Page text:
As in the earlier cases, the environmental groups accuse the West Virginia Department of Environmental Protection of failing to enforce selenium limits but do not name the agency as a defendant.
In the Knight-Ink case, they accuse the DEP of colluding with the coal company to repeatedly delay stricter limits and compliance schedules. The lawsuit also says DEP failed to enforce its own order that an effective treatment system for selenium be online by October 2008.
Water quality lawsuits have become one of the favored tools of groups that oppose large-scale surface mining in Appalachia, particularly the highly efficient and highly destructive form of strip mining known as mountaintop removal.
DEP spokeswoman Kathy Cosco said her agency is involved in more than a dozen selenium-discharge lawsuits with mining companies, including ICG Eastern. The DEP is in discussions with ICG about how to proceed, she said.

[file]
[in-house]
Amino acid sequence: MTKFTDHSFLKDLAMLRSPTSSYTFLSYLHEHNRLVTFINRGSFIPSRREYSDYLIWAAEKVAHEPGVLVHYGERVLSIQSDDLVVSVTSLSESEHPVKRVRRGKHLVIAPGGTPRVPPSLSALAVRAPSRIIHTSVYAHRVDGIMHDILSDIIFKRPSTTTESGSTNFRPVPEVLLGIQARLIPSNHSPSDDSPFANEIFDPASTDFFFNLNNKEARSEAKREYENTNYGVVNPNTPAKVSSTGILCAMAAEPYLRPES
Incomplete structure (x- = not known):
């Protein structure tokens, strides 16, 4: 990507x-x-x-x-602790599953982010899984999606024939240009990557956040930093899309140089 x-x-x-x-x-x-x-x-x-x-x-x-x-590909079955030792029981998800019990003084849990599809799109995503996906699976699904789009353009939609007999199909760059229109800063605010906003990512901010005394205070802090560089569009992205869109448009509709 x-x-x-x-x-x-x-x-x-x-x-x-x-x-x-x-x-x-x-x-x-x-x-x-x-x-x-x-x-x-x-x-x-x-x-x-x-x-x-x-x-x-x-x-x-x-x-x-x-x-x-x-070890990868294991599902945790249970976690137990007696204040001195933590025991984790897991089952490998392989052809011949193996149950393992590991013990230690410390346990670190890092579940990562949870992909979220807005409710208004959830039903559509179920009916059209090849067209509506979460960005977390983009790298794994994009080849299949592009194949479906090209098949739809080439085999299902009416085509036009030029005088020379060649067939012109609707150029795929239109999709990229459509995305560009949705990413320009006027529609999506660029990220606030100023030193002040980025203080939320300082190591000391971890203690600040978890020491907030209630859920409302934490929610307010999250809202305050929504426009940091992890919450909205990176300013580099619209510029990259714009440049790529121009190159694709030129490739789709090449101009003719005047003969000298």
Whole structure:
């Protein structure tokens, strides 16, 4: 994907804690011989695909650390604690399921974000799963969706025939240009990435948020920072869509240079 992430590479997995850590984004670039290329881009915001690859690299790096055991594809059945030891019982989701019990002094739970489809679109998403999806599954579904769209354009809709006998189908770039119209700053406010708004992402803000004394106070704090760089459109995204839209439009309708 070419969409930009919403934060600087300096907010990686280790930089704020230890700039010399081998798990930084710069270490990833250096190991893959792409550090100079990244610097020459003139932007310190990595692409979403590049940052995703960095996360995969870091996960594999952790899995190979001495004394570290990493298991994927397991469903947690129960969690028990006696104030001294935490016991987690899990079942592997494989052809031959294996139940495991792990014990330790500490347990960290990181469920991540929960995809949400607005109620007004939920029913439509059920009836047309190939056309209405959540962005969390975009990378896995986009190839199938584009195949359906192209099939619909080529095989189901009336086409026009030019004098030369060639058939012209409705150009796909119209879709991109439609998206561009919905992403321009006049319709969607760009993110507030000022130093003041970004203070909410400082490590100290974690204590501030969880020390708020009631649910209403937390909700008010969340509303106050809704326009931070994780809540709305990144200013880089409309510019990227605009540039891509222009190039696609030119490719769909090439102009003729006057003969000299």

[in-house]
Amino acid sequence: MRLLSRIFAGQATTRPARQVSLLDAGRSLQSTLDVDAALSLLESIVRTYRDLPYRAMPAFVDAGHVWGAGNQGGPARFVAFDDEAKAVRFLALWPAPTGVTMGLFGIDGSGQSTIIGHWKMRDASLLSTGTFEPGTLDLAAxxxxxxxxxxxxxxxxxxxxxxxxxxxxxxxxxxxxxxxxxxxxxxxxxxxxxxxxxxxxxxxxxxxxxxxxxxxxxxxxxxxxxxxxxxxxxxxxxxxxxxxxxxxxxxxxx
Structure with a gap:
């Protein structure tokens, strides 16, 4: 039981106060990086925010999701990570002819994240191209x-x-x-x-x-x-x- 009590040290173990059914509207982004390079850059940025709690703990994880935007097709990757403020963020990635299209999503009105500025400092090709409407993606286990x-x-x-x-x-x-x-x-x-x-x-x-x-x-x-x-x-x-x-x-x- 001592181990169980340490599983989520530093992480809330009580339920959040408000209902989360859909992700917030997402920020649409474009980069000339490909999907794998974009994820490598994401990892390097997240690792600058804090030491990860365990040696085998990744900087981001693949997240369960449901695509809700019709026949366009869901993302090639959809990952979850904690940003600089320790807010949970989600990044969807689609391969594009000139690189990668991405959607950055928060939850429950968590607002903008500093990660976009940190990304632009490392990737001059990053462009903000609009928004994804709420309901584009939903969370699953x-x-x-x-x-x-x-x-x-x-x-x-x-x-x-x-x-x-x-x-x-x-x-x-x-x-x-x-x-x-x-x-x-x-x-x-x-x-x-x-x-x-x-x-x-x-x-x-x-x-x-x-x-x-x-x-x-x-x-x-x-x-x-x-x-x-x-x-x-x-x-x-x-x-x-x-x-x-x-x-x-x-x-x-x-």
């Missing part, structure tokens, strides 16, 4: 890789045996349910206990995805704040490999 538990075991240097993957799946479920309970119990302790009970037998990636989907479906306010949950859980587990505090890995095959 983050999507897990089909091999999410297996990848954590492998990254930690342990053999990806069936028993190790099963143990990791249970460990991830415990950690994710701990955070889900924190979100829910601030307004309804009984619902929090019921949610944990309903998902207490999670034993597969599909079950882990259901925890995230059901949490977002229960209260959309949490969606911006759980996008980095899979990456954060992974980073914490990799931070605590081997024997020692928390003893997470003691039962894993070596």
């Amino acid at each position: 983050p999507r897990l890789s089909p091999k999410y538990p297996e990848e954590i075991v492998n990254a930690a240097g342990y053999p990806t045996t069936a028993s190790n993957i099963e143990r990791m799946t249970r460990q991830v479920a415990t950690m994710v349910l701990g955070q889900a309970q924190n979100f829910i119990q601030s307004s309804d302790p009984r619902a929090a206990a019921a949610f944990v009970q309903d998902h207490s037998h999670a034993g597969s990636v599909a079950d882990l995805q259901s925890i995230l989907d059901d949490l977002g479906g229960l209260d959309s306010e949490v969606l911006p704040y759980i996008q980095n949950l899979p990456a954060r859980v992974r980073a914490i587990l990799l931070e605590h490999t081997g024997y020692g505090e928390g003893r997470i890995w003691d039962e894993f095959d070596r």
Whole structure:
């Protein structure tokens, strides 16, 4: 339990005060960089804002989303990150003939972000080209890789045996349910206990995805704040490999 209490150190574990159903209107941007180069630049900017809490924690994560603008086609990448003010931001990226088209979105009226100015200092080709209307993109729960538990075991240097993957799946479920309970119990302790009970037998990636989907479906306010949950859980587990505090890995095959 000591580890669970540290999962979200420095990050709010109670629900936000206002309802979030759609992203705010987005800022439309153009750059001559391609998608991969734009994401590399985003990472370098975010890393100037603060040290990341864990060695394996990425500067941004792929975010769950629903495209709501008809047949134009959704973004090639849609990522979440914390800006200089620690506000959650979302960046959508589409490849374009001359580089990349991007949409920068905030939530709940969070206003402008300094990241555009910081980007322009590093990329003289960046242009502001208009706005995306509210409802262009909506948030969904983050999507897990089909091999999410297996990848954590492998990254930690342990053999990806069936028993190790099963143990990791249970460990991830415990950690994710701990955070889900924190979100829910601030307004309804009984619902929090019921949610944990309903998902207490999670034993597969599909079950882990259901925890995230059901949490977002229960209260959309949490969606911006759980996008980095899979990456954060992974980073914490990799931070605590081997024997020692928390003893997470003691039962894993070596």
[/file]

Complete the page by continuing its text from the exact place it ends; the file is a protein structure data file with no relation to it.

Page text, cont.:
"Over the last four years, the state has assessed nearly $20 million in penalties against violators in the coal industry," Cosco said, "and we believe that that would stack up fairly well if compared to other states taking action against a major industry."
The lawsuit asks U.S. District Judge John Preston Bailey to force ICG to immediately comply with all effluent limits, monitoring and reporting requirements, and previous state orders.
Complaining the state has proposed only "minuscule'' fines for violations they contend should cost ICG tens of millions, the plaintiffs also demand ICG be fined as much as $37,500 a day for each violation since Jan. 12, 2009, and $32,500 a day for each day before that date.